Non-integrated health reimbursement arrangements (whatever they are called) are subject to $36,500 per-participant per-year penalty
Last fall the IRS and DOL issued nearly identical guidance, IRS Notice 2013-54 and DOL Technical Release 2013-03, explaining how certain Health Care Reform Act rules apply to health reimbursement arrangements (“HRAs”). Notice 2013-54 is not good news for most HRAs, also called medical expense reimbursement plans (“MERPs”). Executive physical plans are often structured as HRAs, so they too may be in trouble. Notice 2013-54 is generally effective for plan years beginning on or after January 1, 2014.
Under Notice 2013-54, most HRAs must be integrated with other group health coverage in order to avoid a $100 per-participant per-day penalty. This equates to a $36,500 per-participant per-year penalty.
Employers may still offer retiree-only HRAs and “excepted benefit” HRAs without integrating such HRAs with other coverage because those two types of HRAs are exempt from the Health Care Reform Act. IRS Notice 2013-54 indicates that all other HRAs must use one of two methods to integrate with other group health plan coverage in order to satisfy the annual dollar-limit prohibition and requirement to provide first dollar preventive care. Both of these methods require that the HRA be limited only to employees who are enrolled in the integrated non-HRA group health coverage.
- The first method, called the “minimum value not required method,” requires that the HRA reimburse only co-payments, co-insurance, deductibles and premiums under the non-HRA group coverage, or reimburse medical care other than essential health benefits.
- The second method, called the “minimum value required method,” does not have any use restrictions, as does the first method, but requires that the non-HRA coverage be “minimum value.”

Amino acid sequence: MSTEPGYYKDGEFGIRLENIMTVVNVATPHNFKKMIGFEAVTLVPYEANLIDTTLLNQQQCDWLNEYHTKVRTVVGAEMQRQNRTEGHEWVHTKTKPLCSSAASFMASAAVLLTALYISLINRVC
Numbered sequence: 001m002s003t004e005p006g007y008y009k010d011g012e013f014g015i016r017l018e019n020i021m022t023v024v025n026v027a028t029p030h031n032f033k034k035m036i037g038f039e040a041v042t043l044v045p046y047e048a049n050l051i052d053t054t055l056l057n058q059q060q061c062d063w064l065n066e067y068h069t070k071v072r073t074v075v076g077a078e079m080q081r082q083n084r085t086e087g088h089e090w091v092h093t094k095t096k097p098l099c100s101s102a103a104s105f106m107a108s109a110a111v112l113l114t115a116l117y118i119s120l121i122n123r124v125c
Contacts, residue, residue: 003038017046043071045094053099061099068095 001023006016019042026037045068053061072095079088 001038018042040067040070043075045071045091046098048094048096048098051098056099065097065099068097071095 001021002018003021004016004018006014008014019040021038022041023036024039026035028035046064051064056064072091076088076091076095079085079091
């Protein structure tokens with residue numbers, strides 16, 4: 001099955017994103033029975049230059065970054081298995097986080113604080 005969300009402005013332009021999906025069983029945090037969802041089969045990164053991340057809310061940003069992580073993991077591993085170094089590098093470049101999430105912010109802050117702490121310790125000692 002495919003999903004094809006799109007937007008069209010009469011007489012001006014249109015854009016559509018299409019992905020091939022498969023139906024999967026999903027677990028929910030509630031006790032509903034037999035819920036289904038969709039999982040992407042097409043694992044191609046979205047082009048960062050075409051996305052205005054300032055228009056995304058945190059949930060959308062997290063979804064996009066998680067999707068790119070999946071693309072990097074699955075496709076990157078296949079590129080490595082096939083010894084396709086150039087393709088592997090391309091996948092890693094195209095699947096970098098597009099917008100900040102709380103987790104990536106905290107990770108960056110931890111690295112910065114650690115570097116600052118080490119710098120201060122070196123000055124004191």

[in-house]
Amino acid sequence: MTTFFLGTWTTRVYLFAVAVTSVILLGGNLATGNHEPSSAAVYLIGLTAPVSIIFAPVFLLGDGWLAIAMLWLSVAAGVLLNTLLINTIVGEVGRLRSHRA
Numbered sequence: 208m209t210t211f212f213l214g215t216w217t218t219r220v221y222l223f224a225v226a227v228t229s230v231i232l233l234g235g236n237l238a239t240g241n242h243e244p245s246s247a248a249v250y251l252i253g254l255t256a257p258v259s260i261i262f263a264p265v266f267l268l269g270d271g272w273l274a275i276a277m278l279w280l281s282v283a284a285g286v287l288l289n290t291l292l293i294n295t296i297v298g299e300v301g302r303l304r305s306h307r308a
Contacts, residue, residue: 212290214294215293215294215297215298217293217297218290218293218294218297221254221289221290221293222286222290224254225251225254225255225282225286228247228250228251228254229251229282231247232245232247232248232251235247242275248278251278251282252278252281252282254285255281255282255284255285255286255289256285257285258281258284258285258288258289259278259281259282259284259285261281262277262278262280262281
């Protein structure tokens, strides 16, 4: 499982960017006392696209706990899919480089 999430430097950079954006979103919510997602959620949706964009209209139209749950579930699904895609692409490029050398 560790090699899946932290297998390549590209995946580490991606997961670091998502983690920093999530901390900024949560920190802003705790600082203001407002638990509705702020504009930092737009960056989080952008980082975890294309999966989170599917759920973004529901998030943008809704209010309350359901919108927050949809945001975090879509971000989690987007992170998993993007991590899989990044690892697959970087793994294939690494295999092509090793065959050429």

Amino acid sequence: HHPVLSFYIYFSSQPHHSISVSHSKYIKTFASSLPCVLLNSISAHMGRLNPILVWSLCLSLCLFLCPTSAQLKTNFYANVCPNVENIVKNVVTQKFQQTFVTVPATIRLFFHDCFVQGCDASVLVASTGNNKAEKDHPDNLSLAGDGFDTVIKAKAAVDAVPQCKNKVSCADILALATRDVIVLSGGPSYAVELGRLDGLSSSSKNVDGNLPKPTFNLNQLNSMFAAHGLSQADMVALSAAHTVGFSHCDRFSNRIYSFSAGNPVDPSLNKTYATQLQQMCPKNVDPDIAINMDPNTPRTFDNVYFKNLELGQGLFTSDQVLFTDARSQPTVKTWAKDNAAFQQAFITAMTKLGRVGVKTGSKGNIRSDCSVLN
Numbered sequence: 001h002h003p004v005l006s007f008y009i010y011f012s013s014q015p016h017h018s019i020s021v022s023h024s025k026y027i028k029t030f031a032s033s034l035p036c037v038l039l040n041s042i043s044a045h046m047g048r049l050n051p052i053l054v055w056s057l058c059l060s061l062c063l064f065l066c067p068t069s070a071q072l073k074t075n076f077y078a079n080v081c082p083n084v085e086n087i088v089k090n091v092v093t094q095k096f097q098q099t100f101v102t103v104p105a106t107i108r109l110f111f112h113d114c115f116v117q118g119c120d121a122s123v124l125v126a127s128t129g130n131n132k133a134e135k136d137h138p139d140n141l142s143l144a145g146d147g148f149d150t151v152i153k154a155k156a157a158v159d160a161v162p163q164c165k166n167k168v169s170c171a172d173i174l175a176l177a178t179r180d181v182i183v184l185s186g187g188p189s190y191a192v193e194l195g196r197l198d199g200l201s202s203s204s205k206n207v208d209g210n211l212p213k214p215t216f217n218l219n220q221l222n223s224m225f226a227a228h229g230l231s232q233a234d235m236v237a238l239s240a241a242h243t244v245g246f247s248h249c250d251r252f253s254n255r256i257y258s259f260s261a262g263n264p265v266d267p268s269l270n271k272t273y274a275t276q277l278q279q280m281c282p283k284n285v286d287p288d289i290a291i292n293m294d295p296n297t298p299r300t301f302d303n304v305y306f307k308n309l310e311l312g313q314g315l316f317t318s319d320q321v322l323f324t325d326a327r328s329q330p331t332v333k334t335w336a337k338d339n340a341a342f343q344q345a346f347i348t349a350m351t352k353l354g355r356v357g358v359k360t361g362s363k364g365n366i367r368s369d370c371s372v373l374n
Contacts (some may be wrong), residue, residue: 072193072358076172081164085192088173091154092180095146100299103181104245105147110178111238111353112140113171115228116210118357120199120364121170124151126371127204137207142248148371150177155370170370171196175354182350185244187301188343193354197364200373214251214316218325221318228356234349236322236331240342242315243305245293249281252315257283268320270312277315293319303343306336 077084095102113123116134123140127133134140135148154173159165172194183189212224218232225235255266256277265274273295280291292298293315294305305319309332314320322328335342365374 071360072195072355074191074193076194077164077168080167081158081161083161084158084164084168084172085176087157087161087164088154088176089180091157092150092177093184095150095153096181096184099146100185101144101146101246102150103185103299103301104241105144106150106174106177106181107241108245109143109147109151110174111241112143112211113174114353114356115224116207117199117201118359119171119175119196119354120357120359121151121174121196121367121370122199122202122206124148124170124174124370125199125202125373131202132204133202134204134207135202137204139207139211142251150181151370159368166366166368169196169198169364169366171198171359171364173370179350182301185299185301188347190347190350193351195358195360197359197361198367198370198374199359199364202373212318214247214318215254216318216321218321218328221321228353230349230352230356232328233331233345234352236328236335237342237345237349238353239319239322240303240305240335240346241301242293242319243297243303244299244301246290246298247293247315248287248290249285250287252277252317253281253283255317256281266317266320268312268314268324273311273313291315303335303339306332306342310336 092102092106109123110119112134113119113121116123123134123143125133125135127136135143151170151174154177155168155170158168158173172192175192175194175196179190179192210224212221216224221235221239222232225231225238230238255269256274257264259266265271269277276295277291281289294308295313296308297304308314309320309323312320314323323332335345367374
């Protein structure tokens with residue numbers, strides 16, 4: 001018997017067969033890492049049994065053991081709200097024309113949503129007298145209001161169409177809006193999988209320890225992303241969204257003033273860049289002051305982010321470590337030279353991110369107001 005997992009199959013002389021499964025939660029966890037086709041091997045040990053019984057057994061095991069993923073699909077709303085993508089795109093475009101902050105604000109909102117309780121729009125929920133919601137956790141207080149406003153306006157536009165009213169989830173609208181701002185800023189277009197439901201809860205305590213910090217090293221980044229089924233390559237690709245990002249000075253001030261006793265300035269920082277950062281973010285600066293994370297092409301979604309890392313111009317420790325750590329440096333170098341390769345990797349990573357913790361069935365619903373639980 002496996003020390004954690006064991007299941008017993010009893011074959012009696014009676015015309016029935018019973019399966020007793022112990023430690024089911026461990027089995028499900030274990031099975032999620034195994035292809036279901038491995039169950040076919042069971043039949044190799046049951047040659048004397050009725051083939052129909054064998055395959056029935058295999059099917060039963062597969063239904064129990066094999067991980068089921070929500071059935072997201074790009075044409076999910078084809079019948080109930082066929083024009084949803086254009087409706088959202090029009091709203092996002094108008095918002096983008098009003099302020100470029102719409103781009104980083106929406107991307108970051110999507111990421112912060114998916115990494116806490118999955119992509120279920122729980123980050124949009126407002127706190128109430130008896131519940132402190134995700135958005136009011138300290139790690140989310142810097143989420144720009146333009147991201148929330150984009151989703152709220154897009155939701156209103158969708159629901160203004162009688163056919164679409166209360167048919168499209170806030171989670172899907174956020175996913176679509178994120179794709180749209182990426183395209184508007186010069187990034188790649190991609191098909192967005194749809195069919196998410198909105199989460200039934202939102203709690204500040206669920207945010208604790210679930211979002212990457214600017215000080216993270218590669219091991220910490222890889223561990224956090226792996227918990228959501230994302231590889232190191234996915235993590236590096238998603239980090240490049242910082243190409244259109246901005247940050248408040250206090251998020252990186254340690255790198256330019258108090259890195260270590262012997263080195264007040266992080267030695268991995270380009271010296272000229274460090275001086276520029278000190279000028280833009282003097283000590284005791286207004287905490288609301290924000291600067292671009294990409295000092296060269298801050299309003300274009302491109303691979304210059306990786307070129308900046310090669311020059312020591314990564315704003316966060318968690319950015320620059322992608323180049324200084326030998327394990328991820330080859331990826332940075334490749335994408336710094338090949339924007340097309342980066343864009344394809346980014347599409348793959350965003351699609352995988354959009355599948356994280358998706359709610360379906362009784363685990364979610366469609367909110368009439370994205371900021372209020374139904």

The surprising news is that neither method requires that the HRA and non-HRA coverage have the same sponsor. This means an employer may “integrate” its HRA with another employer’s non-HRA coverage. Both methods also require that employees be allowed to permanently opt-out of HRA coverage and, upon termination of employment either forfeit their HRA balance or permanently opt-out of coverage.
Ideally, HRAs should have been amended before the 2014 plan year to comply with one of these integration methods, both of which have very detailed requirements. The $100 per-participant per-day penalty started accruing on January 1, 2014 for non-integrated HRAs. Employers who have not yet integrated their HRAs may wish to amend their plans as soon as possible to integrate and may wish to consider self-reporting any applicable penalties.
For more information on how the Health Care Reform Act impacts account based health plans such as HRAs and cafeteria plans, see IRS Notice 2013-54 and the Snell & Wilmer 2013 End of Year Plan Sponsor “To Do” List Part 2 – Health and Welfare.